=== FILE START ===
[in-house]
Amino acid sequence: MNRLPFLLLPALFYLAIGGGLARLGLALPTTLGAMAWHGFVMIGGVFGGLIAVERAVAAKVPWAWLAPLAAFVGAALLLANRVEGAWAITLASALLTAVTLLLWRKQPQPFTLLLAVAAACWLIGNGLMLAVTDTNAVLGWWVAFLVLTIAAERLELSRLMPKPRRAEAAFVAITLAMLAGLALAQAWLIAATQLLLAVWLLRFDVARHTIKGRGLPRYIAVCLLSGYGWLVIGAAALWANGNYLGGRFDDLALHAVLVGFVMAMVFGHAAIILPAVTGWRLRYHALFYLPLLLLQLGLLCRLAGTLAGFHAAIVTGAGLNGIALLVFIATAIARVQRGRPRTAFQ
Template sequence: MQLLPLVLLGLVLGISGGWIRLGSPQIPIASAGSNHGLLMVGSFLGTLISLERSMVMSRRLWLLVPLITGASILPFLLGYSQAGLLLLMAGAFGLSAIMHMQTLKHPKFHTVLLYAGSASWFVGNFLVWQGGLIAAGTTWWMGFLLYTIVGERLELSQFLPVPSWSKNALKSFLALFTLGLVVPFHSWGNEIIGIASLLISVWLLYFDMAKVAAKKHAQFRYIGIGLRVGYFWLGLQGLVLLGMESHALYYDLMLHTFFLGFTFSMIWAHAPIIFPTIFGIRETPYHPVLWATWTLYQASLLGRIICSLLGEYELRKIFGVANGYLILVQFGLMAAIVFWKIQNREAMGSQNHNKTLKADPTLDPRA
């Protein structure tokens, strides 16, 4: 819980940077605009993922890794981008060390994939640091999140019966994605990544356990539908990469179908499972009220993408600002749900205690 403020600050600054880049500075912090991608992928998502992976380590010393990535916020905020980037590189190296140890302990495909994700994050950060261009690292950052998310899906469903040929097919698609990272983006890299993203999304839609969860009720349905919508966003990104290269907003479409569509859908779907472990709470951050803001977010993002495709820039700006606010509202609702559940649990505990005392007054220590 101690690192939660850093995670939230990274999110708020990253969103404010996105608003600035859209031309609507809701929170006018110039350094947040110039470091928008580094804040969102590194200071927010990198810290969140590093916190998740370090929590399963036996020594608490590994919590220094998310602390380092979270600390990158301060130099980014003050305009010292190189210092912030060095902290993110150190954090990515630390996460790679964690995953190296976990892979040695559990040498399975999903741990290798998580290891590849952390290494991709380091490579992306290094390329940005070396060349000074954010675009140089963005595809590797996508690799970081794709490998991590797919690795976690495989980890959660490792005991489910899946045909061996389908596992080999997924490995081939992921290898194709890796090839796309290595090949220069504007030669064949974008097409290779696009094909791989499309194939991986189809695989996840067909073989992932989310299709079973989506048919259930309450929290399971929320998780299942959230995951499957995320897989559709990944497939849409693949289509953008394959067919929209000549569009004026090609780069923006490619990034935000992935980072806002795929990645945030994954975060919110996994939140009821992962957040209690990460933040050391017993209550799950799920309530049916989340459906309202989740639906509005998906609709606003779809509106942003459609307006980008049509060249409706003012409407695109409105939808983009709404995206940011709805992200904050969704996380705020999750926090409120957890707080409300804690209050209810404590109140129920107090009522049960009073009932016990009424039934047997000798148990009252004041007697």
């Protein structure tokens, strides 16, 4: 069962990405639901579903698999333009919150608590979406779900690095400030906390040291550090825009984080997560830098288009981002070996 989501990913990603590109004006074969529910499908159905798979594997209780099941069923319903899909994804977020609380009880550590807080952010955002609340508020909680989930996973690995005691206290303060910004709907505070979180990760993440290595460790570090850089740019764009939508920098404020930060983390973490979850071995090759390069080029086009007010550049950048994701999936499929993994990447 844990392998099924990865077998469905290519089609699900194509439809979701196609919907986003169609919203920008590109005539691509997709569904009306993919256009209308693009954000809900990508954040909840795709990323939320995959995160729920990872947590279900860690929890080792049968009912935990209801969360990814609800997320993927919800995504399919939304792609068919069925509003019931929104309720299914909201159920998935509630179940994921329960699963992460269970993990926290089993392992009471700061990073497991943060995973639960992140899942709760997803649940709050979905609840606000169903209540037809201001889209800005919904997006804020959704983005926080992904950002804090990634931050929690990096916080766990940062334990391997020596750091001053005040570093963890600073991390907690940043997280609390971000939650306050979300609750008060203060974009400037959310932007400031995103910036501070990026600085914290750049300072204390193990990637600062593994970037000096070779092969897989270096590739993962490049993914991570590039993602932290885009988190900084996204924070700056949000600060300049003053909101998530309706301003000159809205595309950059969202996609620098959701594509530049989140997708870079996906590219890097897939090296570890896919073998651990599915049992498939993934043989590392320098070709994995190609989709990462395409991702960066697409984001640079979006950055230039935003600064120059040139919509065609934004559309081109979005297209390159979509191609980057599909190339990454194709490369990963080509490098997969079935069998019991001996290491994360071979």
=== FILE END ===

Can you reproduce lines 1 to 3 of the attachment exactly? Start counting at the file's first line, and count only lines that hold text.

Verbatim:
[in-house]
Amino acid sequence: MNRLPFLLLPALFYLAIGGGLARLGLALPTTLGAMAWHGFVMIGGVFGGLIAVERAVAAKVPWAWLAPLAAFVGAALLLANRVEGAWAITLASALLTAVTLLLWRKQPQPFTLLLAVAAACWLIGNGLMLAVTDTNAVLGWWVAFLVLTIAAERLELSRLMPKPRRAEAAFVAITLAMLAGLALAQAWLIAATQLLLAVWLLRFDVARHTIKGRGLPRYIAVCLLSGYGWLVIGAAALWANGNYLGGRFDDLALHAVLVGFVMAMVFGHAAIILPAVTGWRLRYHALFYLPLLLLQLGLLCRLAGTLAGFHAAIVTGAGLNGIALLVFIATAIARVQRGRPRTAFQ
Template sequence: MQLLPLVLLGLVLGISGGWIRLGSPQIPIASAGSNHGLLMVGSFLGTLISLERSMVMSRRLWLLVPLITGASILPFLLGYSQAGLLLLMAGAFGLSAIMHMQTLKHPKFHTVLLYAGSASWFVGNFLVWQGGLIAAGTTWWMGFLLYTIVGERLELSQFLPVPSWSKNALKSFLALFTLGLVVPFHSWGNEIIGIASLLISVWLLYFDMAKVAAKKHAQFRYIGIGLRVGYFWLGLQGLVLLGMESHALYYDLMLHTFFLGFTFSMIWAHAPIIFPTIFGIRETPYHPVLWATWTLYQASLLGRIICSLLGEYELRKIFGVANGYLILVQFGLMAAIVFWKIQNREAMGSQNHNKTLKADPTLDPRA